How, then, I ask you to consider with me, how will Jesus give to any of us the power to become the sons of God? What are we to expect from him? I answer, he will do for us, if we receive him, the same that he has done for others. Strictly speaking, he has imparted no new powers to men, and will impart none. Those who have ever received him he has quickened, those who shall now or hereafter ever receive him he will quicken, to exercise aright the powers that were given them by their Creator. All human beings have the capacity for benevolence and piety, for true righteousness of life and heart. To this Jesus appeals. He appeals to it not in formal exhortations, or elaborate arguments; but as one who knows the heart of man, he presents the true, the right, the good, in the assurance that they must commend themselves to us. And they do commend themselves. As grateful as beautiful forms are to the eye, as delici as sweet sounds are to the ear, so grateful is a just principle, a right action, a benevolent or pious affection, a noble sentiment, to the moral sense of man. Some of the peculiar, distinctive principles of his morality, Jesus imparted to his hearers, not in distinct, direct statements, but in the inferences they were left of themselves to draw from his parables. Their own perceptions of what would be true or right in the cases he supposed revealed to them the moral principles he wished to inculcate. Men's moral vision may be obscured by ignorance, or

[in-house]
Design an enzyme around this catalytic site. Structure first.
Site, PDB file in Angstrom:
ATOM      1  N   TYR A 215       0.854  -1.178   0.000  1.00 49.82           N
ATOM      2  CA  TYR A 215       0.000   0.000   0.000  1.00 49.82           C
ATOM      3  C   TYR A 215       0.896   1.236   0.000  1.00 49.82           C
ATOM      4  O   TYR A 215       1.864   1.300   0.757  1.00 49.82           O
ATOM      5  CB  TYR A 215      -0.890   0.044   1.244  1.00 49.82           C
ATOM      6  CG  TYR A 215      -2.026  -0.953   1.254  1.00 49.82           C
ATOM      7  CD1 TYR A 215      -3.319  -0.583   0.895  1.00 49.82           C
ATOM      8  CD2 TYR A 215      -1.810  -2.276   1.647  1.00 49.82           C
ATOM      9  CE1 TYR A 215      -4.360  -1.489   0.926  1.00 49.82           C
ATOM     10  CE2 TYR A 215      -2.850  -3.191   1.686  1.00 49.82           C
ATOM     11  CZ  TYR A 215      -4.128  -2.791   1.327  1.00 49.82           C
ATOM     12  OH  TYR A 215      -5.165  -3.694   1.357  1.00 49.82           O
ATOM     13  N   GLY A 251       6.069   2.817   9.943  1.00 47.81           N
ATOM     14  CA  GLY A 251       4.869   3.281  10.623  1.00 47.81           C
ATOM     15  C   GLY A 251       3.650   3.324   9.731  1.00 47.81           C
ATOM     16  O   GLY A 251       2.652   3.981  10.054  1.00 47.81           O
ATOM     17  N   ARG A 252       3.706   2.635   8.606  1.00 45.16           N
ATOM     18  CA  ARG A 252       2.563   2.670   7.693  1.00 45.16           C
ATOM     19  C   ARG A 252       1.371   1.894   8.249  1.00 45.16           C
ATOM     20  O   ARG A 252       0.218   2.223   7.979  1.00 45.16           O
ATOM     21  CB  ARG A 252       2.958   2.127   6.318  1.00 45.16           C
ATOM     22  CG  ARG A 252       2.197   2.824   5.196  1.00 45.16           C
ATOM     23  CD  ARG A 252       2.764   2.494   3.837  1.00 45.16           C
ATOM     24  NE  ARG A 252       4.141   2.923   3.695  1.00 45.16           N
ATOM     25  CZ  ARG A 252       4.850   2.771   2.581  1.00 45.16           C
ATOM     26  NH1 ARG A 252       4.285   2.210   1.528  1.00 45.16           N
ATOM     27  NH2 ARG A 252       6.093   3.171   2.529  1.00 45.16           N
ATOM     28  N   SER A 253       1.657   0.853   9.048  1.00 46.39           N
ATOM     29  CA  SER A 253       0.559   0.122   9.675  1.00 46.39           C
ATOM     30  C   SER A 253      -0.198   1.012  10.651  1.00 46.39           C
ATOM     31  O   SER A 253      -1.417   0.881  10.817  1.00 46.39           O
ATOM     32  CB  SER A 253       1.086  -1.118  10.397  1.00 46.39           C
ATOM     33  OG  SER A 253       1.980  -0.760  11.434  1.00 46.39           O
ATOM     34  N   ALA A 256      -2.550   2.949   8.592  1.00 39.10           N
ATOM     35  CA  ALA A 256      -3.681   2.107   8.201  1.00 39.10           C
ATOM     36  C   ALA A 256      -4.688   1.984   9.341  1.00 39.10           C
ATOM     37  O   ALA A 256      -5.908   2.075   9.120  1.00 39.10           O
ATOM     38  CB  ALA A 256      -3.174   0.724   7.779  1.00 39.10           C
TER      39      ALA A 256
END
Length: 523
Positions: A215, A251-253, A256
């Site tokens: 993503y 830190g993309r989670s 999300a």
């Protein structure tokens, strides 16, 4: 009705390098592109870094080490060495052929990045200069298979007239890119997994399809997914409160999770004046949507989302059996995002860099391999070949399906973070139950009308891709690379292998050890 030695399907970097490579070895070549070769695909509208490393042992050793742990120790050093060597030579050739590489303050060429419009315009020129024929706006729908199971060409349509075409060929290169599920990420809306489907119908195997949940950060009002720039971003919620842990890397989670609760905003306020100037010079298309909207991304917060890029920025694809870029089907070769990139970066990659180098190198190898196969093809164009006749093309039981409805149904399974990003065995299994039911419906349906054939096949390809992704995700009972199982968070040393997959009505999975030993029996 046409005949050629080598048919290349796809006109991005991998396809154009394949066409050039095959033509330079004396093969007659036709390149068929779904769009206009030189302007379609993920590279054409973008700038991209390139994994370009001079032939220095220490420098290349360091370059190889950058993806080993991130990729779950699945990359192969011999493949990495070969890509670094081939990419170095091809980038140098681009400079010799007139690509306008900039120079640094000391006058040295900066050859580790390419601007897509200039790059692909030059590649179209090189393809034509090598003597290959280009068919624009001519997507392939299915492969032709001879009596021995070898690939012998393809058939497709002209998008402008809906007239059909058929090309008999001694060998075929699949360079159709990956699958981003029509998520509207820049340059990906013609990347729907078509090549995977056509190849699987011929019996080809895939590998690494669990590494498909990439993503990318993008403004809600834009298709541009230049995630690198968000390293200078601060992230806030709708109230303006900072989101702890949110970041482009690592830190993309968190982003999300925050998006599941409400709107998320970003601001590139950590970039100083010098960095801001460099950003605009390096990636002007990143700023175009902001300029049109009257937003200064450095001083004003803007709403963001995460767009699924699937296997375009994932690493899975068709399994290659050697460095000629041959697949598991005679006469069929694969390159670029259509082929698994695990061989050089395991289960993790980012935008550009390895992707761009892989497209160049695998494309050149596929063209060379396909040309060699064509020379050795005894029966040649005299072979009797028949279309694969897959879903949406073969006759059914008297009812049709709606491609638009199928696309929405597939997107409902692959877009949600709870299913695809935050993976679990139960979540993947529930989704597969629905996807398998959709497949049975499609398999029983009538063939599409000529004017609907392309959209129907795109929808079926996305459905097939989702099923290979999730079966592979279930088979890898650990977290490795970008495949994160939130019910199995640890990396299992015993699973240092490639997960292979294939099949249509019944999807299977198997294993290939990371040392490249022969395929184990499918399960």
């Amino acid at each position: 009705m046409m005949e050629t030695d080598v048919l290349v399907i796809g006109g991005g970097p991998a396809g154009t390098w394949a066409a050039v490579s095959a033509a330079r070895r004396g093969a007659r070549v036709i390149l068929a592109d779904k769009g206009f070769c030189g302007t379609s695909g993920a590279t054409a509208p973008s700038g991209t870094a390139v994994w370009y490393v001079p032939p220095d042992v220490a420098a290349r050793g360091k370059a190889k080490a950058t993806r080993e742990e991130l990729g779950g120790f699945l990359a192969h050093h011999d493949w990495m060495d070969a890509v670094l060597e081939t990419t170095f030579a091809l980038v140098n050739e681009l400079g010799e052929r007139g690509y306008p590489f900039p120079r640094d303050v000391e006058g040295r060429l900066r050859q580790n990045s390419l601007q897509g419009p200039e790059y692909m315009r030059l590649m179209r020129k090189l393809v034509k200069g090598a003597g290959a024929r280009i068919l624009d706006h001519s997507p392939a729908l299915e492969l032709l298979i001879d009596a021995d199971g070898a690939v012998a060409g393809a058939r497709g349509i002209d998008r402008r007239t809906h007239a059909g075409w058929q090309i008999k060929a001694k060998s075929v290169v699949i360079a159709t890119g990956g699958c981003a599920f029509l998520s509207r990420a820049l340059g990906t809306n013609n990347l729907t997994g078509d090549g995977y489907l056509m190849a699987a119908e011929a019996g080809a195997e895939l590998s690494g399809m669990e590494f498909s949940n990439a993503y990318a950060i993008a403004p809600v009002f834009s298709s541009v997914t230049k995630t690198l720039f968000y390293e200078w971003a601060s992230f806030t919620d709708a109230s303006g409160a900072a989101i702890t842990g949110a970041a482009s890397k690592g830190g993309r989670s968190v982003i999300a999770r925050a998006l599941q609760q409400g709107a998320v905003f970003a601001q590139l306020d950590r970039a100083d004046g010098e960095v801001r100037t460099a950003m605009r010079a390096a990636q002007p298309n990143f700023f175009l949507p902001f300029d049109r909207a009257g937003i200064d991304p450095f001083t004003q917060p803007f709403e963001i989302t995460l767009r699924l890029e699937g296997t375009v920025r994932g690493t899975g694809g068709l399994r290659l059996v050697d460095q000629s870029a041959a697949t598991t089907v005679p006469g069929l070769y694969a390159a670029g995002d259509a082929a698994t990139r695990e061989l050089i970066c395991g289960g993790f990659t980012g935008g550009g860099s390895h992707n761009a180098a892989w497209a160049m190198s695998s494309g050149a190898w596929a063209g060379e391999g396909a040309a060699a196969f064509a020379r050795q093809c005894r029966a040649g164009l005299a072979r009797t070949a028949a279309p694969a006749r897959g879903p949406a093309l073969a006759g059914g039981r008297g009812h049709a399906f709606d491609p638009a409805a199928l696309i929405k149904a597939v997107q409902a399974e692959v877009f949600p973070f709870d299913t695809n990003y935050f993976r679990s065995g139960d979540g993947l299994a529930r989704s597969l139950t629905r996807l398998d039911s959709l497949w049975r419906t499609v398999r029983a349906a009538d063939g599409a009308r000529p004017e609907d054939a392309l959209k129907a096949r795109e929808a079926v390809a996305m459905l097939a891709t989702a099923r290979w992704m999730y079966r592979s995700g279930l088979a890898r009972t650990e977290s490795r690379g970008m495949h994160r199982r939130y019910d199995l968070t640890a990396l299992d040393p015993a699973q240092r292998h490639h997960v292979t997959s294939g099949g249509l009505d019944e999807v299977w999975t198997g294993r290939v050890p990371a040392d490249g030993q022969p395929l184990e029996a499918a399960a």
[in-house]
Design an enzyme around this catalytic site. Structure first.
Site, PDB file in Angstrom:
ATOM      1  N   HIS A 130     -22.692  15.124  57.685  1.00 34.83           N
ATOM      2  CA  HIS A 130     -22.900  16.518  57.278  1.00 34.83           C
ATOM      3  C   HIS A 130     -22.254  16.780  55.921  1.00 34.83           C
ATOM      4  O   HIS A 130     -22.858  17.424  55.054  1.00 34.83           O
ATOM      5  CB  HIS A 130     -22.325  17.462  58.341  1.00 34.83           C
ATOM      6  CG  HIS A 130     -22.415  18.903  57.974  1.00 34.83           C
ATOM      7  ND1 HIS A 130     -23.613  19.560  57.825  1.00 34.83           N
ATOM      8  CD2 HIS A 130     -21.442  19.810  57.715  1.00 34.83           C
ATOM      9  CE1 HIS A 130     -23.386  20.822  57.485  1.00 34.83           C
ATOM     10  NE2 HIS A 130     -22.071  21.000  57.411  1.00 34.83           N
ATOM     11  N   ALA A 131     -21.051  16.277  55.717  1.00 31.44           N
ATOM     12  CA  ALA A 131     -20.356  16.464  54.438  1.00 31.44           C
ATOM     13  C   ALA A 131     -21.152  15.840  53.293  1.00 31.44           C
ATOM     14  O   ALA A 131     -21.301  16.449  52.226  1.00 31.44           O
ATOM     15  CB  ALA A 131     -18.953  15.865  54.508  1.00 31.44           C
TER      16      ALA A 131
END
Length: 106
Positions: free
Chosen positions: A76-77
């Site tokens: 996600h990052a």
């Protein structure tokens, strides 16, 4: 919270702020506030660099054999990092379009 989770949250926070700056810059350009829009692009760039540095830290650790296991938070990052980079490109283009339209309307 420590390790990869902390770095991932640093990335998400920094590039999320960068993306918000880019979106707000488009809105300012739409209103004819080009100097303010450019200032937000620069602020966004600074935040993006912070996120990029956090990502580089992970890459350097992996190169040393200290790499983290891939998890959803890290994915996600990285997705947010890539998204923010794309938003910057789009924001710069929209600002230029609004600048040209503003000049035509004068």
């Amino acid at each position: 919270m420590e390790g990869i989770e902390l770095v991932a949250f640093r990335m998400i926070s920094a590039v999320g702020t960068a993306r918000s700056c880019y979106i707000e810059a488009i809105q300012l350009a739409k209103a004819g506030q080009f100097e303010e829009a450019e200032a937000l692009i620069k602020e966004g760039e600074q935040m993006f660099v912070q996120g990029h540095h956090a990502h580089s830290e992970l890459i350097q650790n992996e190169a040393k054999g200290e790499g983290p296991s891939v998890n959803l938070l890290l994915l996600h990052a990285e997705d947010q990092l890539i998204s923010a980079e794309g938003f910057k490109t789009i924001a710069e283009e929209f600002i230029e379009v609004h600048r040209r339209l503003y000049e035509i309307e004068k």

perverted by prejudice, or distorted by passion ; but whenever they are able to take a clear view of a course of conduct, or a single action, they will decide as readily that it is right or wrong, good or bad, as they will whether an object be white or black, crooked or straight. Now to this intuitive power of perception Jesus continually appealed, and that, too, although he addressed himself to a generation that were emphatically dead in sin. "Why even of yourselves judge ye not what is right.” The same appeal he makes to all men. He made it then, he makes it now, still more by his life than by his words. We learn what Christianity is, not so much from what Jesus said, as from what he was. "He is the true light, and he lighteneth every man that cometh into the world." We all see and feel that every action of Jesus, every thought he expressed, every feeling he manifested, was what it ought to be. There is something in man that responds to every thing Jesus said or did, that it was right. We approve every part of his conduct, we admire every feature of his character. Not the educated alone, but the uneducated, — ay, the latter often more readily than the former, perceive the excellence, the moral beauty, the perfectness, of Jesus. Go where you will, into the most benighted regions of the earth, and if you can so communicate to the people the narrative we have of the life of Jesus that they clearly apprehend it, you shall receive from them an approval of him. Missionaries confess that they have sometimes been led to discern a deeper meaning in some portions of the Gospel, by the simple comments of their heathen converts. When the Siamese twins were in New England, it chanced that